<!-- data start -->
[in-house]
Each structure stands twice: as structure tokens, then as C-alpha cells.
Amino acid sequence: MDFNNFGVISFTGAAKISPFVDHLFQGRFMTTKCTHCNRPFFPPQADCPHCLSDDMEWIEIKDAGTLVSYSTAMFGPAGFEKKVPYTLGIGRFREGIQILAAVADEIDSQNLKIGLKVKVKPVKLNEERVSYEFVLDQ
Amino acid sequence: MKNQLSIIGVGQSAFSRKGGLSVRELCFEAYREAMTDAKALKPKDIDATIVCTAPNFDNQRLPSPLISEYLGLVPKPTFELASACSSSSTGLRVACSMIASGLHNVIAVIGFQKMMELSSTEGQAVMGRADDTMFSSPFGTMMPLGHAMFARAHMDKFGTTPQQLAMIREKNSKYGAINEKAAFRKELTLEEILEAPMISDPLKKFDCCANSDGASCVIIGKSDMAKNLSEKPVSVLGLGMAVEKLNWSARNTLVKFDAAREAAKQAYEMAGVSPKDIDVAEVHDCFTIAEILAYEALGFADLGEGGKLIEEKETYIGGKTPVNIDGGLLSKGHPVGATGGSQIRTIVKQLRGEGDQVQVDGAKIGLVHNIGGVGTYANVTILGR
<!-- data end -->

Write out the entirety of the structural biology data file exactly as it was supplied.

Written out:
[in-house]
Each structure stands twice: as structure tokens, then as C-alpha cells.
Amino acid sequence: MDFNNFGVISFTGAAKISPFVDHLFQGRFMTTKCTHCNRPFFPPQADCPHCLSDDMEWIEIKDAGTLVSYSTAMFGPAGFEKKVPYTLGIGRFREGIQILAAVADEIDSQNLKIGLKVKVKPVKLNEERVSYEFVLDQ
Amino acid sequence: MKNQLSIIGVGQSAFSRKGGLSVRELCFEAYREAMTDAKALKPKDIDATIVCTAPNFDNQRLPSPLISEYLGLVPKPTFELASACSSSSTGLRVACSMIASGLHNVIAVIGFQKMMELSSTEGQAVMGRADDTMFSSPFGTMMPLGHAMFARAHMDKFGTTPQQLAMIREKNSKYGAINEKAAFRKELTLEEILEAPMISDPLKKFDCCANSDGASCVIIGKSDMAKNLSEKPVSVLGLGMAVEKLNWSARNTLVKFDAAREAAKQAYEMAGVSPKDIDVAEVHDCFTIAEILAYEALGFADLGEGGKLIEEKETYIGGKTPVNIDGGLLSKGHPVGATGGSQIRTIVKQLRGEGDQVQVDGAKIGLVHNIGGVGTYANVTILGR